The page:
misplaced. Then he sharpened all the
pencils on bis desk to miraculous
points, and mechanically tore off the
top leaf of his calendar pad.
"December 25th." There it was
again. There was no getting away
from it, no matter what one did. All
day they had dinned it in his ears. To
morrow would be Christmas Day. All
That was when the rosecoloT ambi
tions of youth had seethed to the sur
face and he he'd left the farm. But
the braggart assurance of the city
paralyzedfhim. He was not stupid, but
he grew to underestimate himself be
cause others did.
In five years he returned to the farm
hoped to renew some of the barefoot!
irienusmps ox ms cxmanooa. jdut.
neither had the old friends the time to
pierce his shell of diffidence. So he
returned again to the bookkeeper's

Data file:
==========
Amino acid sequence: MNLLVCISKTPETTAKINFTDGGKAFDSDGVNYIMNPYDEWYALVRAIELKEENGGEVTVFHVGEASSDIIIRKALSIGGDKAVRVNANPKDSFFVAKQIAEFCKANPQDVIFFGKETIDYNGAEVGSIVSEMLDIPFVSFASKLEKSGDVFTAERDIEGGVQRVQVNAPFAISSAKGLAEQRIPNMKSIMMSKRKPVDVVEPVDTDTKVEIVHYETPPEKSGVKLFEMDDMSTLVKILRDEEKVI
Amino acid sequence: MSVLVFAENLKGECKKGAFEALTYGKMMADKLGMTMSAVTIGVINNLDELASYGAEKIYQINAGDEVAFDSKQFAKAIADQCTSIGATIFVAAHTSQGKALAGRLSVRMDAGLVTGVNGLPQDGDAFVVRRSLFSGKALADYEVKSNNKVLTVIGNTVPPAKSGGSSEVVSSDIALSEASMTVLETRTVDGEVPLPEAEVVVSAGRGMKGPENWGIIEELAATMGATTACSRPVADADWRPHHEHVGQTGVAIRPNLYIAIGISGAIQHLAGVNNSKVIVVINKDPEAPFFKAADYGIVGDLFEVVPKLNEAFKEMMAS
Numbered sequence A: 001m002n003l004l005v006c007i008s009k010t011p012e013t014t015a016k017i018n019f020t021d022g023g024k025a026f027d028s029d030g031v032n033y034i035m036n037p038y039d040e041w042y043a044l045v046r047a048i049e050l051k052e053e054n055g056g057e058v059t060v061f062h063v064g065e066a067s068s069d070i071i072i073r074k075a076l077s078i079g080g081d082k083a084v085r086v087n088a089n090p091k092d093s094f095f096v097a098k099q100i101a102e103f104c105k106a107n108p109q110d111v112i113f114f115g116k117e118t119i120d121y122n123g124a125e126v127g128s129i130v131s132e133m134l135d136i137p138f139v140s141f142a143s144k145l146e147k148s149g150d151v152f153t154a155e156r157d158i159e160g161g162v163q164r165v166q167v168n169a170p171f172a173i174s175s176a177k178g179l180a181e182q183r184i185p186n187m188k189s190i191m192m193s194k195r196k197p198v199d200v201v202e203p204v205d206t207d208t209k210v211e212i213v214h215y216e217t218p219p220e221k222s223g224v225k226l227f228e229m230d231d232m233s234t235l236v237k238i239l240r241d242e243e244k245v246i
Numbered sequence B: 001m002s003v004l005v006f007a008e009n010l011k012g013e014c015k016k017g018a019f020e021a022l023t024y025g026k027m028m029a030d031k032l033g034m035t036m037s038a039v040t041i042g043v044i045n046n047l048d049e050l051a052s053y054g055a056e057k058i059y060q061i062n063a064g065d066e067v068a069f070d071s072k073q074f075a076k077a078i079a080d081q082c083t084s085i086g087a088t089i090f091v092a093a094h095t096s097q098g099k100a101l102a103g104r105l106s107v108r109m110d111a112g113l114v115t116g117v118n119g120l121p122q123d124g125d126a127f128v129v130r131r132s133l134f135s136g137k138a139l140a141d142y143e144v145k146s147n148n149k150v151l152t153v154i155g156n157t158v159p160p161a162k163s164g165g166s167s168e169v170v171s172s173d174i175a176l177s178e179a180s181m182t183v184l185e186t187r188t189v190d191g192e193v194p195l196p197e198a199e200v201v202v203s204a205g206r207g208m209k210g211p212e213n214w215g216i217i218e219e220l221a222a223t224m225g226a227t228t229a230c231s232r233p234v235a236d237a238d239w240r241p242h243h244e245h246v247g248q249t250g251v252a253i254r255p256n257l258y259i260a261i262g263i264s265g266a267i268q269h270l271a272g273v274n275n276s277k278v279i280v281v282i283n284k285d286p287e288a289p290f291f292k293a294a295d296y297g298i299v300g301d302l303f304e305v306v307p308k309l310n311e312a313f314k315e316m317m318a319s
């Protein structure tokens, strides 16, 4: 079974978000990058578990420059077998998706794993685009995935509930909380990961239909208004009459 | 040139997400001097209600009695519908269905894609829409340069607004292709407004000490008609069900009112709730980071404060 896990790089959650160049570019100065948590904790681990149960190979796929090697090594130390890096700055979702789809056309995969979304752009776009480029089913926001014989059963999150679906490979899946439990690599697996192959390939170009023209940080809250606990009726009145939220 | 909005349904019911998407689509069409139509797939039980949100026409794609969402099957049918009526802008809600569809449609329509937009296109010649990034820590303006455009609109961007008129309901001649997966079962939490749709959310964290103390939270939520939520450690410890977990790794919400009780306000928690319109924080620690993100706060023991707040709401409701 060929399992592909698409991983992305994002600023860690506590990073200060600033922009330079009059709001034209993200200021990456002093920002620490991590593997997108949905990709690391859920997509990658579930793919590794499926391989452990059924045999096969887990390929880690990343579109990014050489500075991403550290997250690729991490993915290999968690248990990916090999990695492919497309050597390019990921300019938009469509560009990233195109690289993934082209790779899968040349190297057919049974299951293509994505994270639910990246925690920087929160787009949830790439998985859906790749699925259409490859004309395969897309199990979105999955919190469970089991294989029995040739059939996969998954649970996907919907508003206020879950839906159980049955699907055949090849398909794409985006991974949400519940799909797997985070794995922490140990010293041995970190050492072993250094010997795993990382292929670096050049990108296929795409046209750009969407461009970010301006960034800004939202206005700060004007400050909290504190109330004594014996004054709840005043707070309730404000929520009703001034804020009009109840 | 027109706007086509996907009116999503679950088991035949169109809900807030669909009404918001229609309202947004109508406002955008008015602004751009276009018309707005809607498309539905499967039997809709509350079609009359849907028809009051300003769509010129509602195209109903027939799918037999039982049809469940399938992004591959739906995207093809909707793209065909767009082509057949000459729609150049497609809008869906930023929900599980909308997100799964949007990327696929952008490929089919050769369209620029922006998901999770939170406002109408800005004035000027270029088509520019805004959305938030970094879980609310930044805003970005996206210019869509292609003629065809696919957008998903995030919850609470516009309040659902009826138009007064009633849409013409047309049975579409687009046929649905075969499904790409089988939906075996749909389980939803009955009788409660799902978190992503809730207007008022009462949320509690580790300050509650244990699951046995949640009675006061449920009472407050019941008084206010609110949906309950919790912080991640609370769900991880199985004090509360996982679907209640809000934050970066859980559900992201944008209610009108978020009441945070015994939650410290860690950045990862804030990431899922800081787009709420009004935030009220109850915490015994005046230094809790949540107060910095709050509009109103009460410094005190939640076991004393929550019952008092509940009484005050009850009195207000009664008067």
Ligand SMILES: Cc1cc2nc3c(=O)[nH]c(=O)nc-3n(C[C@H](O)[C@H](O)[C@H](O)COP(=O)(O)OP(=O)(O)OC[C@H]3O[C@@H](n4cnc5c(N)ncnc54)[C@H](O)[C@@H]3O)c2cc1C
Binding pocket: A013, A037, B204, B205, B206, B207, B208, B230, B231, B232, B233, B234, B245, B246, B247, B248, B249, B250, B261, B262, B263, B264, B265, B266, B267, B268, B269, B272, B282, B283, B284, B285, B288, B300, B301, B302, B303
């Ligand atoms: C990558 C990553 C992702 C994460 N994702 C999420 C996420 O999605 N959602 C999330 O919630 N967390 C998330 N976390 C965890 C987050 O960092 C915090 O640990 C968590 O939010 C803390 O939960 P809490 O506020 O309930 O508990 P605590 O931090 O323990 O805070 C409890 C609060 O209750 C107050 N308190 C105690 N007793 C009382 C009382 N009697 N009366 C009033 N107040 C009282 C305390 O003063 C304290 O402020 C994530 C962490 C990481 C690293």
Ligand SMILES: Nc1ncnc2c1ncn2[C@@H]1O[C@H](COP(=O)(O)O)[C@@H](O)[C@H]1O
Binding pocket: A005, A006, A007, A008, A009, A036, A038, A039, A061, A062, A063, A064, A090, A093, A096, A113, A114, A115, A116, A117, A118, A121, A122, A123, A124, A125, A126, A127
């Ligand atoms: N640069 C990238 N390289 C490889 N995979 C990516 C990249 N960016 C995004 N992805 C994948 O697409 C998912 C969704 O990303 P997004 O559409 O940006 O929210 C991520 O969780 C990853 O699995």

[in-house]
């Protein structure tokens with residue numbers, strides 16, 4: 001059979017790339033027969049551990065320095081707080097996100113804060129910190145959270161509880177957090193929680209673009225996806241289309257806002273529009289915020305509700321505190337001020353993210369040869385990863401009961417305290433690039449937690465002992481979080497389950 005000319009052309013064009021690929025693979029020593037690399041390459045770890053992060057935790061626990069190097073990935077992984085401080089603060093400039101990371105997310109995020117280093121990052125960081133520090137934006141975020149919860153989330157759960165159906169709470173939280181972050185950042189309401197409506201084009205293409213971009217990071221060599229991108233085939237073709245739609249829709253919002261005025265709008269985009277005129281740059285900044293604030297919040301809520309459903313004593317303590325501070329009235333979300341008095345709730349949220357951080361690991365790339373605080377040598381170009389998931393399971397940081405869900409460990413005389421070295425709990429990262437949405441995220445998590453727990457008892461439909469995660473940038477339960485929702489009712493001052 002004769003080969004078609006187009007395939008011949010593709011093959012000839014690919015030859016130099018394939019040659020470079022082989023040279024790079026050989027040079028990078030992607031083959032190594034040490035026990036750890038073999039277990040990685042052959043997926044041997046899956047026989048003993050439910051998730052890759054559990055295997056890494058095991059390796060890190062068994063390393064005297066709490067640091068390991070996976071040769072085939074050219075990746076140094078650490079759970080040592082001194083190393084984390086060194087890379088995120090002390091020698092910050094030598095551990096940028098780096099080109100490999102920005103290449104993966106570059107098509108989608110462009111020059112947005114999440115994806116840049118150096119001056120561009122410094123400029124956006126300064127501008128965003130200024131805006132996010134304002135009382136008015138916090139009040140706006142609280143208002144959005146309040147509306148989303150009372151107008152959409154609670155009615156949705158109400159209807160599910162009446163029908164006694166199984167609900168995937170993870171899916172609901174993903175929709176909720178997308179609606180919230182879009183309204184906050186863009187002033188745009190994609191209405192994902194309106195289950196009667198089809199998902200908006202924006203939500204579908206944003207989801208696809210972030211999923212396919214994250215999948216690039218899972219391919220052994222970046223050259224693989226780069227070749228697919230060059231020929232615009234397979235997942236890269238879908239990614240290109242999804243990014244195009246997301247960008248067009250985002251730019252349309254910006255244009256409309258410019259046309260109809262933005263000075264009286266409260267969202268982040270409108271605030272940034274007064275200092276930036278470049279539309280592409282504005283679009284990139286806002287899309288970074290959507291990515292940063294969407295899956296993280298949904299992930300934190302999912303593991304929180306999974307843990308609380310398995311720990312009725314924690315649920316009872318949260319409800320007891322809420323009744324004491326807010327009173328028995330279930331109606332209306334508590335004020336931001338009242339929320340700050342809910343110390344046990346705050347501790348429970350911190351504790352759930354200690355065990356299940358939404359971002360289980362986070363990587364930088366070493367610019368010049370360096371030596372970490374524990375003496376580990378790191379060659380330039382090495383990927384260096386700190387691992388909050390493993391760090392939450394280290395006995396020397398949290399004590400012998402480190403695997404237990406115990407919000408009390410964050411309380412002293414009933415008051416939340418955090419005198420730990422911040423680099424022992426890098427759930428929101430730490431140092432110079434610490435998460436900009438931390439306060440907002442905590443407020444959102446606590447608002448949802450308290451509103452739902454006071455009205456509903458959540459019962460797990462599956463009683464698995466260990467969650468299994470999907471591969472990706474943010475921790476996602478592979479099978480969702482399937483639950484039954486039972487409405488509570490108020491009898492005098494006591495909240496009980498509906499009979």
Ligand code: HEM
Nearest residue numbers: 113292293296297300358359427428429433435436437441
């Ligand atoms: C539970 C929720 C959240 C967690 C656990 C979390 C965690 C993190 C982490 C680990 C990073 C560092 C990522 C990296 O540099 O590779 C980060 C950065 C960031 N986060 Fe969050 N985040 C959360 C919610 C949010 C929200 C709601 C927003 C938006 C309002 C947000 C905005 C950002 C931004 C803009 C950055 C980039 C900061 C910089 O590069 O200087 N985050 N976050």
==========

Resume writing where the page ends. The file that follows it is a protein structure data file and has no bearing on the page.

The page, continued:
desk in the city, a friendless man.
"December 25th." Barton crushed
the sheet in his hand, and threw it
into the waste basket. Then he put
on his overcoat and closed up the of
fice. He slipped an envelope con
taining a bill into the expectant hand
of the elevator boy.
"Thank you, Mr. Barton. I wish you
a Merry Christmas, sir," the boy
said formally, with no trace of the
easy camaradle witn wnicn be bad
Out on the street In the good-na-
1 tured, hurrying throngs Barton was
like a withered hip of weed borne along
on a riotous wave of joyousness. At
the -corner, where the crow was
3enie,,'the spire of a small Christmas
tree clutched in the arms of a big
Irishman grazed his face and cocked
bis hat at an absurd angle. For a
brief moment he had been drawn into
the eddying spirit of the street He
straightened bis hat and from habit
drew back his head between his
'TiOosen'up, ye ould grouch! It's
Christmas Ave! Ain't ye wisa to ut?"
remarked the Irishman, and strode on.
He paused at a brilliant shop win-
Vdow. A woman with a shawl oven her
head and a child stood near him.
"Oh, ma, don't I wisht 'at 01
Wiskers 'ud bring me a doll like that
there one!" cried the child.